Selawik, Alaska

From Wikipedia, the free encyclopedia
Jump to: navigation, search
Selawik
City
Selawik is located in Alaska
Selawik
Selawik
Location in Alaska
Coordinates: 66°35′49″N 160°0′49″W / 66.59694°N 160.01361°W / 66.59694; -160.01361Coordinates: 66°35′49″N 160°0′49″W / 66.59694°N 160.01361°W / 66.59694; -160.01361
Country United States
State Alaska
Borough Northwest Arctic
Incorporated 1977[1]
Government
 • Mayor Raven Sheldon[2]
Area
 • Total 3.4 sq mi (8.9 km2)
 • Land 2.5 sq mi (6.5 km2)
 • Water 0.9 sq mi (2.3 km2)
Elevation 0 ft (0 m)
Population (2010)[3]
 • Total 829
 • Density 240/sq mi (93/km2)
Time zone Alaska (AKST) (UTC-9)
 • Summer (DST) AKDT (UTC-8)
ZIP code 99770
Area code 907
FIPS code 02-68230

Selawik[pronunciation?] is a city in Northwest Arctic Borough, Alaska, United States. At the 2010 census the population was 829.

Selawik comes from "siilvik"[pronunciation?]which means "place of sheefish" in Inupiaq.

Geography[edit]

Selawik is located at 66°35′49″N 160°0′49″W / 66.59694°N 160.01361°W / 66.59694; -160.01361 (66.597043, -160.013674)[4].

Selawik is located at the mouth of the Selawik River where it empties into Selawik Lake, about 112 km (70 mi) southeast of Kotzebue.

Selawik is near the Selawik National Wildlife Refuge, a breeding and resting area for migratory waterfowl.

According to the United States Census Bureau, the city has a total area of 3.4 square miles (8.8 km2), of which, 2.5 square miles (6.5 km2) of it is land and 0.9 square miles (2.3 km2) of it (26.24%) is water.

Demographics[edit]

As of the census[5] of 2000, there were 772 people, 172 households, and 147 families residing in the city. The population density was 306.1 people per square mile (118.3/km²). There were 188 housing units at an average density of 74.5 per square mile (28.8/km²). The racial makeup of the city was 3.24% White, 0.13% Black or African American, 94.82% Native American, 0.78% Asian, 0.13% Pacific Islander, and 0.91% from two or more races. 0.13% of the population were Hispanic or Latino of any race.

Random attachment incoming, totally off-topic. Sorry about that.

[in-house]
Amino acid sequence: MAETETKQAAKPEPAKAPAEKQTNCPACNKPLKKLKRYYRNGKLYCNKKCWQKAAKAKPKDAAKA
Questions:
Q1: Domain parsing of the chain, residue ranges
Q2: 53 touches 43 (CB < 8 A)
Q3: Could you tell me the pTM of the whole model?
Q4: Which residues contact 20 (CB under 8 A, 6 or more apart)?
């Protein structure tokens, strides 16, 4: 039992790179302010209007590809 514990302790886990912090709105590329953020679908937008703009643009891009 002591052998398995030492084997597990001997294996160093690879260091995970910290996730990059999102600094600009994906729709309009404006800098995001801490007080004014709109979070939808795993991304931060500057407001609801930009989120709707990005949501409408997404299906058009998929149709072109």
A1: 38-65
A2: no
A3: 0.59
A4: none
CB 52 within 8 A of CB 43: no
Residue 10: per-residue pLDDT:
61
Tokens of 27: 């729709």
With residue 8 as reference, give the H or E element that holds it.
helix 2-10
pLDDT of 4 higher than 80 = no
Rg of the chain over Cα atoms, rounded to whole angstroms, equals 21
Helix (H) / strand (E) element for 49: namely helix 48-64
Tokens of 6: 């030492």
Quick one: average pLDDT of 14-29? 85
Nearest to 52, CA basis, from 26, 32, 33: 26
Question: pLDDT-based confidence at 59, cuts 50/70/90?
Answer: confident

There were 172 households out of which 68.6% had children under the age of 18 living with them, 41.9% were married couples living together, 29.1% had a female householder with no husband present, and 14.5% were non-families. 12.8% of all households were made up of individuals and 1.2% had someone living alone who was 65 years of age or older. The average household size was 4.49 and the average family size was 4.78.

In the city the age distribution of the population shows 48.1% under the age of 18, 12.7% from 18 to 24, 23.1% from 25 to 44, 10.6% from 45 to 64, and 5.6% who were 65 years of age or older. The median age was 19 years. For every 100 females there were 108.1 males. For every 100 females age 18 and over, there were 116.8 males.

The median income for a household in the city was $25,625, and the median income for a family was $27,639. Males had a median income of $50,278 versus $40,417 for females. The per capita income for the city was $8,170. About 34.6% of families and 34.4% of the population were below the poverty line, including 36.2% of those under age 18 and 22.7% of those age 65 or over.

History[edit]

A Lt. Lavrenty Zagoskin of the Imperial Russian Navy first reported the village in the 1840s as "Chilivik." In his census study in 1880, Ivan Petrof counted 100 "Selawigamute" people.

Around 1908, the village site had a small wooden schoolhouse and church. The village now has expanded across the Selawik River onto three banks, linked by bridges.

References[edit]

  1. ^ 1996 Alaska Municipal Officials Directory. Juneau: Alaska Municipal League/Alaska Department of Community and Regional Affairs. January 1996. p. 136.  (though an earlier source states December 23, 1963, see "Directory of Borough and City Officials 1974". Alaska Local Government (Juneau: Alaska Department of Community and Regional Affairs) XIII (2): 72. January 1974. )
  2. ^ "Community: Selawik". Community Database Online. Juneau: Alaska Department of Commerce, Community and Economic Development, Division of Community and Regional Affairs. 2013. Retrieved June 4, 2013. 
  3. ^ "2010 City Population and Housing Occupancy Status". U.S. Census Bureau. Retrieved May 14, 2012. 
  4. ^ "US Gazetteer files: 2010, 2000, and 1990". United States Census Bureau. 2011-02-12. Retrieved 2011-04-23. 
  5. ^ "American FactFinder". United States Census Bureau. Retrieved 2008-01-31.